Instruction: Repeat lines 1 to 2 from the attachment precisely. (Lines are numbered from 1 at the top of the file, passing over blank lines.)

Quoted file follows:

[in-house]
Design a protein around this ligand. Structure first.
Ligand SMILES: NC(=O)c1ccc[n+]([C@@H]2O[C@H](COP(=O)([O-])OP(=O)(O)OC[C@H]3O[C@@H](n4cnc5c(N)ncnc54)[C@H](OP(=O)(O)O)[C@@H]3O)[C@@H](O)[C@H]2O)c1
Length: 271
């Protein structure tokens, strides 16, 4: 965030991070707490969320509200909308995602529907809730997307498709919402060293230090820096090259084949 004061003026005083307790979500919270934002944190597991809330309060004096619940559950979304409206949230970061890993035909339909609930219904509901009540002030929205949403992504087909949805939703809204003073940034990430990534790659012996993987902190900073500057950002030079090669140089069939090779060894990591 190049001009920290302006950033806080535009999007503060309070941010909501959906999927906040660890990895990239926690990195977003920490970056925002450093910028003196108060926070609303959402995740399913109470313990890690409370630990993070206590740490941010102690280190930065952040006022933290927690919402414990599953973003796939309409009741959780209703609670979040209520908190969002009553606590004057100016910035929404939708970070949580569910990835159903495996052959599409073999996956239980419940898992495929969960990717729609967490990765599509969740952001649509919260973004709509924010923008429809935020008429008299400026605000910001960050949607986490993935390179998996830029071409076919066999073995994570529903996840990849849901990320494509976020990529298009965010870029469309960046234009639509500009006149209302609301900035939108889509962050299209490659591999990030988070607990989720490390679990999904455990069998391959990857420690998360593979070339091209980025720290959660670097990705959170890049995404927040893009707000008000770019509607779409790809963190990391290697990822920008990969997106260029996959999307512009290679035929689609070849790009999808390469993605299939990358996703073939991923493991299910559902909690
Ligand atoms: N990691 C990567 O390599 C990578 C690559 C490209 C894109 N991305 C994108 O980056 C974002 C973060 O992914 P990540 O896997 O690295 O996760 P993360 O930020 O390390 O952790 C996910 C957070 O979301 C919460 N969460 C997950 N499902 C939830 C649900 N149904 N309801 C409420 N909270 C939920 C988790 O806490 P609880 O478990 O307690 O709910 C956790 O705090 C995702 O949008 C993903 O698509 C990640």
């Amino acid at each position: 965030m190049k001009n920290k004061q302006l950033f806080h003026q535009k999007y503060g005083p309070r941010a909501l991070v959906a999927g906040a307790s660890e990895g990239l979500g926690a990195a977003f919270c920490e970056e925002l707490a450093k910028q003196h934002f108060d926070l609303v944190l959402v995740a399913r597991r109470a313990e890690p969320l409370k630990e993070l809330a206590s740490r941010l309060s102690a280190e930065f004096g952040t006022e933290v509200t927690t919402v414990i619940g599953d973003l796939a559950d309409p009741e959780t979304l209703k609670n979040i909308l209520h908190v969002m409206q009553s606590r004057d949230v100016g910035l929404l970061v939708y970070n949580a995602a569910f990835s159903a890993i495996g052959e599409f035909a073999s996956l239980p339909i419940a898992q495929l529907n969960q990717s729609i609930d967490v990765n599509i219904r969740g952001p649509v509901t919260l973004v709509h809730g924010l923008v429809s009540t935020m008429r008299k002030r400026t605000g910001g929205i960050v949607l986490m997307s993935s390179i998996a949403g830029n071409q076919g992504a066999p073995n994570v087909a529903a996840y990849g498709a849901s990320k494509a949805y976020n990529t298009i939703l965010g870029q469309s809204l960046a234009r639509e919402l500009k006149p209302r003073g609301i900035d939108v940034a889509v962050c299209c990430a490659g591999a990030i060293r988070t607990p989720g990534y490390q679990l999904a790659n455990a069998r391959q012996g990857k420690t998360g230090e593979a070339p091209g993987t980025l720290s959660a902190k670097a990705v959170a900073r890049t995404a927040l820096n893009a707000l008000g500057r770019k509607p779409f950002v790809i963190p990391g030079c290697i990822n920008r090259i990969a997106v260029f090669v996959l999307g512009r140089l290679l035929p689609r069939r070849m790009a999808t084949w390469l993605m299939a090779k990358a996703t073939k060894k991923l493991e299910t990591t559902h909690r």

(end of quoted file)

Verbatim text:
[in-house]
Design a protein around this ligand. Structure first.